Who gets free prescriptions? Rules for over-60s explained and why it could change


Currently, those over the age of 60 and around 15 other groups in England don’t have to pay for their NHS prescriptions. A proposal was launched last year by the Government which floated the idea to raise the qualifying age for free prescriptions to 66 years to align with the state pension age. The Government said that people who are working can be “economically active and more able to meet the cost of their prescriptions”.

The move would force Britons ages 60 to 65 years to pay the £9.35 per item charge for their medication. 

The idea has received strong opposition from charities and the public, with some calling the move “ridiculous”, while others said older Britons were being “cheated” out of the entitlement.

One Twitter user @mccartaigh1953 said: “The elderly have paid in longer, are most likely to need multiple prescriptions and are more likely to be on the lowest incomes, so do you think they might decide to not go to the doctor’s if they fear paying for all their drugs?”

“If they don’t take regular care they’ll present for care at a more critical point in their ill-health, need more intensive care, and cost the No Hope Service far more in the long-run.”

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Another issue highlighted by those in opposition to the plan was the state pension age is set to rise to 67 by 2028. 

This means those over 60 will have to wait even longer wait for a benefit they were otherwise entitled to.

The consultation closed in September 2021 and stated “the outcome of the consultation will usually be published within three months of the consultation closing date.”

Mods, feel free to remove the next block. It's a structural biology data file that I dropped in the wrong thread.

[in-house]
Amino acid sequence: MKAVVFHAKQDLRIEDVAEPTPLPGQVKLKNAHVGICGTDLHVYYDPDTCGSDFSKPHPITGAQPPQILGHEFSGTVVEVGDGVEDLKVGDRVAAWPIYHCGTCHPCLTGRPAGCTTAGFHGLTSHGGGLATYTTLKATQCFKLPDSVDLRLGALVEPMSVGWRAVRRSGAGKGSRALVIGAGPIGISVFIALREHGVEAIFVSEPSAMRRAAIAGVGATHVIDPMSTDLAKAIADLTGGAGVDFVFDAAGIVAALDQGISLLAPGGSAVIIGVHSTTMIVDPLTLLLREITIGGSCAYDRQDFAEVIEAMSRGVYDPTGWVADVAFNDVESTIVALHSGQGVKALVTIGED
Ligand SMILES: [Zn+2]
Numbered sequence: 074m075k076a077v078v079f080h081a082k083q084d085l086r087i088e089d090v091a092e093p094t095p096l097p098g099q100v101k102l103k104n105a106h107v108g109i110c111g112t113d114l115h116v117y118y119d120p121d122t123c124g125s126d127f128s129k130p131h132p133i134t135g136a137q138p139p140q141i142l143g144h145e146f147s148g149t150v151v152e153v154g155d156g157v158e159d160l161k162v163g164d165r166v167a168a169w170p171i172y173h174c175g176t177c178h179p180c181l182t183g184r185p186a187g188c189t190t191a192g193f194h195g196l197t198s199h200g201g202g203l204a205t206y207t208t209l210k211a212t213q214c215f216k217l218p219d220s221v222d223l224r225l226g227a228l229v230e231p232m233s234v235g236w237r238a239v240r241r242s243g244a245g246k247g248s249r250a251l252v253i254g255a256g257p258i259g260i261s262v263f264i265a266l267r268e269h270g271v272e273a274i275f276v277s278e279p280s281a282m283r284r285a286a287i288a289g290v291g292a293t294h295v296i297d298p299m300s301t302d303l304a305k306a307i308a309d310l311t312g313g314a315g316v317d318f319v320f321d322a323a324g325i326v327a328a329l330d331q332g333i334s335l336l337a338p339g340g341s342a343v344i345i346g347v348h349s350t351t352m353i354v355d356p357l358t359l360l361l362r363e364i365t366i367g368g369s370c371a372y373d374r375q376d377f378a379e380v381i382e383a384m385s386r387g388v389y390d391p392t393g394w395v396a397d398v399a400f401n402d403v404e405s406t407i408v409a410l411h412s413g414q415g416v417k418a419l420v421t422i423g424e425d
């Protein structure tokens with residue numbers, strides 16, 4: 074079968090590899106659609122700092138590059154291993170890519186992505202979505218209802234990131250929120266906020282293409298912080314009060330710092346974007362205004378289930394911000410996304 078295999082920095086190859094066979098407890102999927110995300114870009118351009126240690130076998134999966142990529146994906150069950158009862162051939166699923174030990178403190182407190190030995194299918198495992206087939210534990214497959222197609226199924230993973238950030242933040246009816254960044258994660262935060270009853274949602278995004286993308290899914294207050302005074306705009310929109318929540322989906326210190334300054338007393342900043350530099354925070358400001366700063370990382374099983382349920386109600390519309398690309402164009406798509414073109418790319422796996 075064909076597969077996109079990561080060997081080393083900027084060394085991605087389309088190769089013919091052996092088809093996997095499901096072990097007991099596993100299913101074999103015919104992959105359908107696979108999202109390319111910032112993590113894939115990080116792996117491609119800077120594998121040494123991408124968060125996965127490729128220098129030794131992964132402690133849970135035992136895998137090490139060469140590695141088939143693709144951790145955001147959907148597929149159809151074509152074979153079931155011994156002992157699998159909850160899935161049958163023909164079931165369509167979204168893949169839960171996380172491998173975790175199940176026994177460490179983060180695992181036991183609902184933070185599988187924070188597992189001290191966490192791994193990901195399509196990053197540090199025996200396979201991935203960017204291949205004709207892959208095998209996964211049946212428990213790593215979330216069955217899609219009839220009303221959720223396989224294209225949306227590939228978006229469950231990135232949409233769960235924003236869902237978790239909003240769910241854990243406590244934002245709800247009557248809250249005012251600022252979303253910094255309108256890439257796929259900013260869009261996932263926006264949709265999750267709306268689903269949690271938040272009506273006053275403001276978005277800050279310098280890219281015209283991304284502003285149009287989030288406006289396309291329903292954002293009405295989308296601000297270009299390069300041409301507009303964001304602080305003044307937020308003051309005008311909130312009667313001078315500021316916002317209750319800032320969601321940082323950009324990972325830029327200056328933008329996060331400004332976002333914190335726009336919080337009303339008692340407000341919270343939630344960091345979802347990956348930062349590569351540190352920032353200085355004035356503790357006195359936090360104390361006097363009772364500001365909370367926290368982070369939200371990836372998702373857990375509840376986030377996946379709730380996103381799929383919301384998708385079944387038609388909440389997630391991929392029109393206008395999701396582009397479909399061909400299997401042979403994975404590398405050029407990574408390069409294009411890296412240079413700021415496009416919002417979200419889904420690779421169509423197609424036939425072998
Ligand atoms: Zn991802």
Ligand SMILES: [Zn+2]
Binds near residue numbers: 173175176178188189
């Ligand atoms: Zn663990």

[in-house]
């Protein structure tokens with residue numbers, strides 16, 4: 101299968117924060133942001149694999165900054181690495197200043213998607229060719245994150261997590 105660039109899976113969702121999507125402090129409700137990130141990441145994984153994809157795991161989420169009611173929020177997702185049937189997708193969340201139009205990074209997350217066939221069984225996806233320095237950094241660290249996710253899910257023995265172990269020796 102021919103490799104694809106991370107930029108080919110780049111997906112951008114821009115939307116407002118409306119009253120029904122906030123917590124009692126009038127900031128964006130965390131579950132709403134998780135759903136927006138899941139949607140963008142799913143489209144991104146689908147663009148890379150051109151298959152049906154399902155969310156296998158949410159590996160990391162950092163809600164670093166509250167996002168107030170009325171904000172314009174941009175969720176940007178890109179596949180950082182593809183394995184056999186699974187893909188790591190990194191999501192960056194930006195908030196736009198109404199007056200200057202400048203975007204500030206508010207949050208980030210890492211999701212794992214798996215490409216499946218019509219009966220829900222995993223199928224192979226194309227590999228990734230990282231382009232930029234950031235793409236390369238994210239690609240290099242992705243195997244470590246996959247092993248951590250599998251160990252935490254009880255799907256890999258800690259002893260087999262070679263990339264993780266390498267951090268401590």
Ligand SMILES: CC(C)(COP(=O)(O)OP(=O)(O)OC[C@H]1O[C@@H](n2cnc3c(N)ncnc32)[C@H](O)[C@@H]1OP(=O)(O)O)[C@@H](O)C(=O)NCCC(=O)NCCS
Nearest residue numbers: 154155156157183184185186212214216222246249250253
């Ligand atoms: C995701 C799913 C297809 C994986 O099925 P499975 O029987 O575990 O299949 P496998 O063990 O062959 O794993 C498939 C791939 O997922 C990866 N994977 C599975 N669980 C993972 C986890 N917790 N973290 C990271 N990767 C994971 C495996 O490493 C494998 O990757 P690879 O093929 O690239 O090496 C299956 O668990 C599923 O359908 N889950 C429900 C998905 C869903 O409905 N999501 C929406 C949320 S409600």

However, the Goverment has not made a decision on the matter as of yet and has not commented on when a decision will likely be made. 


A Department of Health and Social Care spokesperson previously told Express.co.uk: “Around 90 percent of community prescription items in England are free of charge, and people don’t pay if they are on a low income, over 60, or have certain medical conditions.

“The upper age exemption has not changed since 1995 and that is why we have consulted on restoring the link between this and the state pension age. We are considering the responses carefully and will respond in due course. Extensive arrangements are already in place to help people afford NHS prescriptions.”

People who live in Scotland and Wales pay no prescription charges at all, no matter what age they are. 

As well as those over 60 years, young people living in England are able to qualify if they are under 16 years or age or are in higher education and between the ages of 16 and 18.

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Health conditions such as diabetes, epilepsy, and cancer are able to get the exemption certificate as well as those who have a continuing physical disability which requires help from another person. 

People who are an NHS inpatients and those who hold a valid war pension exemption certificate can also be eligible to get their prescriptions for free. 

People can find out if they are eligible for free NHS prescriptions or help with other NHS costs through the NHS eligibility checker.

This can be found on the NHS website.

According to the Department for Work and Pensions (DWP) people are entitled to free NHS prescriptions if the annual family income used to work out tax credits is £15,276 or less.

They will also be eligible if they claim Child Tax Credit, Working Tax Credit and Child Tax Credit paid together, or Working Tax Credit including a disability element.

Partners of those who claim one of these benefits can also access the freebie. 

Some Universal Credit claimants also qualify for this help towards prescription costs.

This is typically for applicants who earn £435 or less, or £935 if they have responsibility for a child.


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